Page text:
Spotlight on Our 6th Grade CAPs Program

Laurence strives to be on the forefront of education, providing its students with many unique and innovative programs throughout the curriculum. One such program is the 6th Grade Culminating Academic Presentations, or "CAPs." See below for details about this incredible program.

By: Gina Rifkin and Michelle Morris, 6th Grade Teachers

One of the core goals of the 6th Grade program is to prepare students for the world beyond the classroom and for the challenging programs that they will face at the secondary school level. The CAPs project is designed to convey and display the success of the 6th Grade curriculum as the students take initiative and ownership of their individual levels of academic success.

CAPs consist of three parts:

  • Writing a research paper
  • Creating a KeyNote presentation
  • Delivering a rehearsed presentation to parents, administrators, teachers, and peers

In January, each student chooses a subject that he or she feels not only inspired by, but also confident in his or her ability to understand and explain. The subject is researched in depth and then presented during the last week of school in March before spring break. The entire presentation is approximately 25 minutes in length and also includes a section on the 6th Grade sister countries, Israel and India, as well as each student reciting a favorite poem written during the 6th Grade school year.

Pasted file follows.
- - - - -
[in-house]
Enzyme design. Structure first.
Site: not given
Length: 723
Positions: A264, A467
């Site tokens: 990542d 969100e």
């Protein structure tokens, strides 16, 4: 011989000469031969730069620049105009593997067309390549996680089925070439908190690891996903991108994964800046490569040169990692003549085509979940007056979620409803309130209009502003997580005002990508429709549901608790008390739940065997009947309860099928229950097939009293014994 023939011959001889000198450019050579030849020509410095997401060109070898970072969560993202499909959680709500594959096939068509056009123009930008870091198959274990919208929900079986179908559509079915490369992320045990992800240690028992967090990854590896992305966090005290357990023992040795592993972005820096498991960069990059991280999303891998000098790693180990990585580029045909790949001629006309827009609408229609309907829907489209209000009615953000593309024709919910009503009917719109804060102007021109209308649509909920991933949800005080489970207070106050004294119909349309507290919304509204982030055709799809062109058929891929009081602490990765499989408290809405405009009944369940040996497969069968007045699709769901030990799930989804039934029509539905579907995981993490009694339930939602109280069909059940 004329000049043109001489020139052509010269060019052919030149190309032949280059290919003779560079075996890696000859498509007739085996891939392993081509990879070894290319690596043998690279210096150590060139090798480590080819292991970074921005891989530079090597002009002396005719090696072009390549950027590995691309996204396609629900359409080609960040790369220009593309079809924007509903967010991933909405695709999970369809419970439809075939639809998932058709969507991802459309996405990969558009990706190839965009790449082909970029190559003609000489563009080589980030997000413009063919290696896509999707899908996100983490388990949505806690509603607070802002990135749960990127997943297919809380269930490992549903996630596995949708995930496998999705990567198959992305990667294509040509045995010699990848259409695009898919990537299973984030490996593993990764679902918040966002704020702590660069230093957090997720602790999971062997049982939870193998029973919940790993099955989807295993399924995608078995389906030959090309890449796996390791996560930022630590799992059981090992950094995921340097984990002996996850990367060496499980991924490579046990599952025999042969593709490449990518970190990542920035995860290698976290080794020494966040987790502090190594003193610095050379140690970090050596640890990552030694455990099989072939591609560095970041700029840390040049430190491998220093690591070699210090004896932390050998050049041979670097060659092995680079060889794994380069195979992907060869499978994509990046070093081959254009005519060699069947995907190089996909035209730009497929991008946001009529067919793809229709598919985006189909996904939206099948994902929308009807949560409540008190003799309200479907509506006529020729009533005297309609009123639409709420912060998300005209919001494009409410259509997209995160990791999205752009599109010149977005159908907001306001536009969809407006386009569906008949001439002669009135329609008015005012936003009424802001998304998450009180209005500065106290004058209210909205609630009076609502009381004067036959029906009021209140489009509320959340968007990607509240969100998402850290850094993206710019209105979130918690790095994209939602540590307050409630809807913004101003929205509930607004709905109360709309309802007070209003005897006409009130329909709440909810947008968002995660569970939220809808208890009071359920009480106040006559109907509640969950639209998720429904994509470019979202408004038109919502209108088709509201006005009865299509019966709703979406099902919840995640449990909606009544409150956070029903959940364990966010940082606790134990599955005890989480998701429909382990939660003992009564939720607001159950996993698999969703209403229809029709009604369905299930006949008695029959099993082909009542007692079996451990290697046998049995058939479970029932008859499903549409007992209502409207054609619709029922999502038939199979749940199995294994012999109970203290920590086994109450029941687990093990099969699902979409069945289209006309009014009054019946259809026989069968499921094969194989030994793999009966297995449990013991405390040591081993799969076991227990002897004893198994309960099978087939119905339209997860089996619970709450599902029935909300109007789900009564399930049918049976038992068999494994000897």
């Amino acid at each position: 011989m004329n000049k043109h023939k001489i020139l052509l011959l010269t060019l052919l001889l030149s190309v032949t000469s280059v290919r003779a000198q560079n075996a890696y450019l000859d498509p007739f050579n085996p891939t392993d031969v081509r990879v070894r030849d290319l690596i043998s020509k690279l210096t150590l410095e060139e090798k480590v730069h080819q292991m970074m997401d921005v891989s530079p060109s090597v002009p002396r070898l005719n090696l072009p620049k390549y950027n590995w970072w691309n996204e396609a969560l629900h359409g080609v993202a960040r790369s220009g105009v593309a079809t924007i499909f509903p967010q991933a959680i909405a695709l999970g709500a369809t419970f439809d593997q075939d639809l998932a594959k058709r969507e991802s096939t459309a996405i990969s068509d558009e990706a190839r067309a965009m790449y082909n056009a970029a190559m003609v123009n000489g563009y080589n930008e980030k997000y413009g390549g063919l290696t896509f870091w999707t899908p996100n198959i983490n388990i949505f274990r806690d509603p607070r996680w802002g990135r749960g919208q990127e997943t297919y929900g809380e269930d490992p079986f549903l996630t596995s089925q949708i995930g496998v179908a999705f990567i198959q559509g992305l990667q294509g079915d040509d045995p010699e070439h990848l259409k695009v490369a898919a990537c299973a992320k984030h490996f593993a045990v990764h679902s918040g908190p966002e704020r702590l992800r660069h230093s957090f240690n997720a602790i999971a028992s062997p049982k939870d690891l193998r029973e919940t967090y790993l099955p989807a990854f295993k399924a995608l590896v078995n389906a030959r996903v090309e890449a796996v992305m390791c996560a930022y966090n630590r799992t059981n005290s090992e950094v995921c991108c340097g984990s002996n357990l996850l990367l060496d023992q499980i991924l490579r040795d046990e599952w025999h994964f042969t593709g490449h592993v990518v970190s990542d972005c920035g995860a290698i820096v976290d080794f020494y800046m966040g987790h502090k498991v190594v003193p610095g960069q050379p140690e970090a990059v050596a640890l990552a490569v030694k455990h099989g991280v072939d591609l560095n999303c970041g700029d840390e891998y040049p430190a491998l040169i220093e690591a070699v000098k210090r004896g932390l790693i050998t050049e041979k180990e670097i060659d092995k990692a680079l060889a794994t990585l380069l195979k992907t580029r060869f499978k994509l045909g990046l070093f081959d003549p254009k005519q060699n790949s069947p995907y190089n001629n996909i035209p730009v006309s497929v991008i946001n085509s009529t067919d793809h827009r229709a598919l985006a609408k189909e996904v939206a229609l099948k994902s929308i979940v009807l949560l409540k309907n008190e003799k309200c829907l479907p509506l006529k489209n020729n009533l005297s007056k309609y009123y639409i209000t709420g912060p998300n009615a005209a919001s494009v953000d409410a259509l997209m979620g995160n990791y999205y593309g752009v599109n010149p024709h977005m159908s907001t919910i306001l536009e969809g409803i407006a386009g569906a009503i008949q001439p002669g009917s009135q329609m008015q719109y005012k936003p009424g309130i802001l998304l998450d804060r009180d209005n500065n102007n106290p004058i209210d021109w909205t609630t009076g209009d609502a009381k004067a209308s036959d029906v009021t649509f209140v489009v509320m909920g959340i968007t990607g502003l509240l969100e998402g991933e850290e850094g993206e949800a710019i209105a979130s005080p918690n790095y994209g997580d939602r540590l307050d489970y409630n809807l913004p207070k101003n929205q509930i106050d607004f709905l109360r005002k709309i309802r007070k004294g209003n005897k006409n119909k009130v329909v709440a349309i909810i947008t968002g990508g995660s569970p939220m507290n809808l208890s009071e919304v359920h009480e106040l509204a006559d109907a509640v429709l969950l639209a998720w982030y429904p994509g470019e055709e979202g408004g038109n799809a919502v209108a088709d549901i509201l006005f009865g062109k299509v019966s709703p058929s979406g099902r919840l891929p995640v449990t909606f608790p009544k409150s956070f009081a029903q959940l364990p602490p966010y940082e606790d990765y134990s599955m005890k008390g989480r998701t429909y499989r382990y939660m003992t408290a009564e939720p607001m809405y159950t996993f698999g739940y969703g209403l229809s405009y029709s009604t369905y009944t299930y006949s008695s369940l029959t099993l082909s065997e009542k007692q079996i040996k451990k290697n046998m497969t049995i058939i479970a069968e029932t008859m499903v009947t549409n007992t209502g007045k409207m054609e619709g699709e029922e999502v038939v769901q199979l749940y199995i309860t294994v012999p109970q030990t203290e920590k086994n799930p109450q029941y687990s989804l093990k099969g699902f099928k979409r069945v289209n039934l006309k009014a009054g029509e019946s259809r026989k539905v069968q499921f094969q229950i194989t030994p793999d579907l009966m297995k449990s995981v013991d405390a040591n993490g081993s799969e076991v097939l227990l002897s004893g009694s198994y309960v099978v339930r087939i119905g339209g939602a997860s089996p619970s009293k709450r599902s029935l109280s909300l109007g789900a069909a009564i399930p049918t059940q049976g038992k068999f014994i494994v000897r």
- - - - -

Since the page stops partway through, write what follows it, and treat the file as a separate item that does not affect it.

A sampling of CAPs topics from House 6A this year were Assistive Technologies in Sport & Education, 3D Printing in Medicine, The Panama Canal, and Animal Therapy.

House 6B's topics included John F. Kennedy, Global Warming, Alzheimer's Disease, Temple Grandin, The History of the Video Gaming Industry, and Carnivorous Plants.

The CAPs process affords the children a truly authentic, all-encompassing learning experience that allows them the opportunity to stretch themselves academically. From in-depth research and applying critical thinking skills, to the analysis, synthesis, and presentation of information in the role of "expert," the children have the freedom to pursue their passions and take academic risks. Every year brings new excitement to learning, as well as wonder when we see the enormous diversity of the children's interests and enthusiasms that are mirrored in their topic choices.